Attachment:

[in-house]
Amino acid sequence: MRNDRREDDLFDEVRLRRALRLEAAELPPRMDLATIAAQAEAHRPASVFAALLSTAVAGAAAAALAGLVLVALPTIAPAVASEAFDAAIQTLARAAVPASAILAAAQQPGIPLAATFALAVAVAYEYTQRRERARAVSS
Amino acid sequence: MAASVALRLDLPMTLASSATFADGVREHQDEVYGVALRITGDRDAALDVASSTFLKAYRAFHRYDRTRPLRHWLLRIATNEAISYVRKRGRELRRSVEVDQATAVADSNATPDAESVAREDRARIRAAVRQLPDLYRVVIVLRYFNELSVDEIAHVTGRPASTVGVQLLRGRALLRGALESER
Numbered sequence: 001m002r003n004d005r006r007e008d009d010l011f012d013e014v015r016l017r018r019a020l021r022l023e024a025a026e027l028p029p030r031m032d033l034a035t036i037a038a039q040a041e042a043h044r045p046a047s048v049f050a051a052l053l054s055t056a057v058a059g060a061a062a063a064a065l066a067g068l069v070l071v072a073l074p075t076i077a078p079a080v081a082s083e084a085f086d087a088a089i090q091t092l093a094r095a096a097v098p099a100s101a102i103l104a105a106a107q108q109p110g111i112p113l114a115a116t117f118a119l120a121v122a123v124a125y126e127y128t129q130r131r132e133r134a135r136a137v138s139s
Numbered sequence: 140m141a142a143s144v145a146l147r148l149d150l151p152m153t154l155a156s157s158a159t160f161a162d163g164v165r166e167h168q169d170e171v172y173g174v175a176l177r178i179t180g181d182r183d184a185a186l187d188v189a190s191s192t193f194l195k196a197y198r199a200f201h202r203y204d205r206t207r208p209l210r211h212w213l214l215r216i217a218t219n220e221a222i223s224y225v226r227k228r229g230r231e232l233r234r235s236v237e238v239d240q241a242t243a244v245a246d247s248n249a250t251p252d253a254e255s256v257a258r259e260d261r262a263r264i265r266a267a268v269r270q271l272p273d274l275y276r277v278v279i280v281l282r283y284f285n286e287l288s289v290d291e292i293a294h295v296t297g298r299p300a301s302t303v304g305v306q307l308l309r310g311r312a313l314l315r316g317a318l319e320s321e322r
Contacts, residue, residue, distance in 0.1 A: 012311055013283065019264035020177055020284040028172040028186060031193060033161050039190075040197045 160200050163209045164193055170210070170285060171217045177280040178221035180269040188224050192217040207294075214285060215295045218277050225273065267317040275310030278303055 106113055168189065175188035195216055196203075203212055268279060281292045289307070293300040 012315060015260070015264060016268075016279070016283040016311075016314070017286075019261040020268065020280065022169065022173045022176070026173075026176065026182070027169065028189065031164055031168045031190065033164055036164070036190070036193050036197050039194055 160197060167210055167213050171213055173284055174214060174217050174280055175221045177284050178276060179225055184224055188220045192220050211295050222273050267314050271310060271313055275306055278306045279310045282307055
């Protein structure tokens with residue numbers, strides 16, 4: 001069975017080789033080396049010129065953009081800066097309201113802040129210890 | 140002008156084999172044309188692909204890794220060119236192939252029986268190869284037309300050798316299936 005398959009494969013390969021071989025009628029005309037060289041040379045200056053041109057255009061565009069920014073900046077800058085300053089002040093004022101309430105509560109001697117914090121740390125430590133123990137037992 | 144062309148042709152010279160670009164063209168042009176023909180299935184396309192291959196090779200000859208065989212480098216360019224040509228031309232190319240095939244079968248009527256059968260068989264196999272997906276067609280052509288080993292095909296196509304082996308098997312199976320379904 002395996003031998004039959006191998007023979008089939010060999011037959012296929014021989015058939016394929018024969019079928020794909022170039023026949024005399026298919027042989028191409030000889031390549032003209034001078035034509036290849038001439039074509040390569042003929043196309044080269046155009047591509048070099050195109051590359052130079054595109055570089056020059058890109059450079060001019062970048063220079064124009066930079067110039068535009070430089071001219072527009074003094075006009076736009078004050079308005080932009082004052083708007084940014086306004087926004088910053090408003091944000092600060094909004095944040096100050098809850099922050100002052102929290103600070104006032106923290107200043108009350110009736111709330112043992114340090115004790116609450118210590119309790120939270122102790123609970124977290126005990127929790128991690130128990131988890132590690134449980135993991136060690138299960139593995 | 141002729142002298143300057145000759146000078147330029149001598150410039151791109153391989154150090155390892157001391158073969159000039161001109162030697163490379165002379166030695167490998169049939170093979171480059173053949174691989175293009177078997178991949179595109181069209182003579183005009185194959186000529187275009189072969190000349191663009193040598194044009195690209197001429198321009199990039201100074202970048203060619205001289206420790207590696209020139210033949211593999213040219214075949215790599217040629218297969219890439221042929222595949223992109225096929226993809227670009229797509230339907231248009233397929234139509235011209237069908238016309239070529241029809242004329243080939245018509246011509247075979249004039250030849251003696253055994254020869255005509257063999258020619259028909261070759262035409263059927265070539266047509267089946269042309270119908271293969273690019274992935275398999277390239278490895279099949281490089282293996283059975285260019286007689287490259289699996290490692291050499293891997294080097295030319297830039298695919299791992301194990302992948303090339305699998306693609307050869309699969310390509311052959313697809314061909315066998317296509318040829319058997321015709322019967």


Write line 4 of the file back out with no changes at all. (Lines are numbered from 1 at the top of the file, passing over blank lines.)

Numbered sequence: 001m002r003n004d005r006r007e008d009d010l011f012d013e014v015r016l017r018r019a020l021r022l023e024a025a026e027l028p029p030r031m032d033l034a035t036i037a038a039q040a041e042a043h044r045p046a047s048v049f050a051a052l053l054s055t056a057v058a059g060a061a062a063a064a065l066a067g068l069v070l071v072a073l074p075t076i077a078p079a080v081a082s083e084a085f086d087a088a089i090q091t092l093a094r095a096a097v098p099a100s101a102i103l104a105a106a107q108q109p110g111i112p113l114a115a116t117f118a119l120a121v122a123v124a125y126e127y128t129q130r131r132e133r134a135r136a137v138s139s